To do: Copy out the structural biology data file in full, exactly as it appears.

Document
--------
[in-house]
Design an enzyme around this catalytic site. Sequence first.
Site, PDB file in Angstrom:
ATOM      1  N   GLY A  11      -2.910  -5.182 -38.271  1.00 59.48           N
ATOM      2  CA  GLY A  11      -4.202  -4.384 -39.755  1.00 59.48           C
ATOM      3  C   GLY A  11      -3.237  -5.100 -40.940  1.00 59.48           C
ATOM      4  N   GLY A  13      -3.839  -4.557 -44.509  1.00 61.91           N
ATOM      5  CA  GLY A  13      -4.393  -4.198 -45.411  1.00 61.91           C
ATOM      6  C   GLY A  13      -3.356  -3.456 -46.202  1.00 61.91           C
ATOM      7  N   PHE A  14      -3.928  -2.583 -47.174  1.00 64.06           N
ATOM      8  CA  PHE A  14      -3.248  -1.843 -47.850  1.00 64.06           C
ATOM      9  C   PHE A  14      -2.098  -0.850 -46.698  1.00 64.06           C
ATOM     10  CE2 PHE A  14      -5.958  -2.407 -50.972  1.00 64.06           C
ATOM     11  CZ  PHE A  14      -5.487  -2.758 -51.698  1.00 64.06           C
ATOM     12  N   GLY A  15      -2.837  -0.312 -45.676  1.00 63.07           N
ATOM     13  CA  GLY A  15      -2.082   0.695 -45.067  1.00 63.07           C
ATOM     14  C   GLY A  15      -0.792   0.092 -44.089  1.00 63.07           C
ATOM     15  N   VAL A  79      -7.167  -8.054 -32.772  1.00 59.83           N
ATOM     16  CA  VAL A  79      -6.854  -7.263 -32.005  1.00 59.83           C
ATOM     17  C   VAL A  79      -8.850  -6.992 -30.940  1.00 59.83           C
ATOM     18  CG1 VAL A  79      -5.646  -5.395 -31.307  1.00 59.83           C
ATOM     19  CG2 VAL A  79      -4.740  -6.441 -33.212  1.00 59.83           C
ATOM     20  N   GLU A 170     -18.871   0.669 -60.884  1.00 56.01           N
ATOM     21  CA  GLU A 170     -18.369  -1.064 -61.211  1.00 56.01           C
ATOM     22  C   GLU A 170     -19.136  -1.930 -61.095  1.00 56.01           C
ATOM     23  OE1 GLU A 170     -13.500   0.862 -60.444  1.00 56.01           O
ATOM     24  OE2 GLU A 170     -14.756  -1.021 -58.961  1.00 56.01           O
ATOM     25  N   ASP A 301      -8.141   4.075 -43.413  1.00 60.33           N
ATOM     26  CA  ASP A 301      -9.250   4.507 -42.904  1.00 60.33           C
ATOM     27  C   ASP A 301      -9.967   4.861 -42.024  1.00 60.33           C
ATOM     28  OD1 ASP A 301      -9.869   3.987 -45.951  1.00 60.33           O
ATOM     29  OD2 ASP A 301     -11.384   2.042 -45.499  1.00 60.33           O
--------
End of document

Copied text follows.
[in-house]
Design an enzyme around this catalytic site. Sequence first.
Site, PDB file in Angstrom:
ATOM      1  N   GLY A  11      -2.910  -5.182 -38.271  1.00 59.48           N
ATOM      2  CA  GLY A  11      -4.202  -4.384 -39.755  1.00 59.48           C
ATOM      3  C   GLY A  11      -3.237  -5.100 -40.940  1.00 59.48           C
ATOM      4  N   GLY A  13      -3.839  -4.557 -44.509  1.00 61.91           N
ATOM      5  CA  GLY A  13      -4.393  -4.198 -45.411  1.00 61.91           C
ATOM      6  C   GLY A  13      -3.356  -3.456 -46.202  1.00 61.91           C
ATOM      7  N   PHE A  14      -3.928  -2.583 -47.174  1.00 64.06           N
ATOM      8  CA  PHE A  14      -3.248  -1.843 -47.850  1.00 64.06           C
ATOM      9  C   PHE A  14      -2.098  -0.850 -46.698  1.00 64.06           C
ATOM     10  CE2 PHE A  14      -5.958  -2.407 -50.972  1.00 64.06           C
ATOM     11  CZ  PHE A  14      -5.487  -2.758 -51.698  1.00 64.06           C
ATOM     12  N   GLY A  15      -2.837  -0.312 -45.676  1.00 63.07           N
ATOM     13  CA  GLY A  15      -2.082   0.695 -45.067  1.00 63.07           C
ATOM     14  C   GLY A  15      -0.792   0.092 -44.089  1.00 63.07           C
ATOM     15  N   VAL A  79      -7.167  -8.054 -32.772  1.00 59.83           N
ATOM     16  CA  VAL A  79      -6.854  -7.263 -32.005  1.00 59.83           C
ATOM     17  C   VAL A  79      -8.850  -6.992 -30.940  1.00 59.83           C
ATOM     18  CG1 VAL A  79      -5.646  -5.395 -31.307  1.00 59.83           C
ATOM     19  CG2 VAL A  79      -4.740  -6.441 -33.212  1.00 59.83           C
ATOM     20  N   GLU A 170     -18.871   0.669 -60.884  1.00 56.01           N
ATOM     21  CA  GLU A 170     -18.369  -1.064 -61.211  1.00 56.01           C
ATOM     22  C   GLU A 170     -19.136  -1.930 -61.095  1.00 56.01           C
ATOM     23  OE1 GLU A 170     -13.500   0.862 -60.444  1.00 56.01           O
ATOM     24  OE2 GLU A 170     -14.756  -1.021 -58.961  1.00 56.01           O
ATOM     25  N   ASP A 301      -8.141   4.075 -43.413  1.00 60.33           N
ATOM     26  CA  ASP A 301      -9.250   4.507 -42.904  1.00 60.33           C
ATOM     27  C   ASP A 301      -9.967   4.861 -42.024  1.00 60.33           C
ATOM     28  OD1 ASP A 301      -9.869   3.987 -45.951  1.00 60.33           O
ATOM     29  OD2 ASP A 301     -11.384   2.042 -45.499  1.00 60.33           O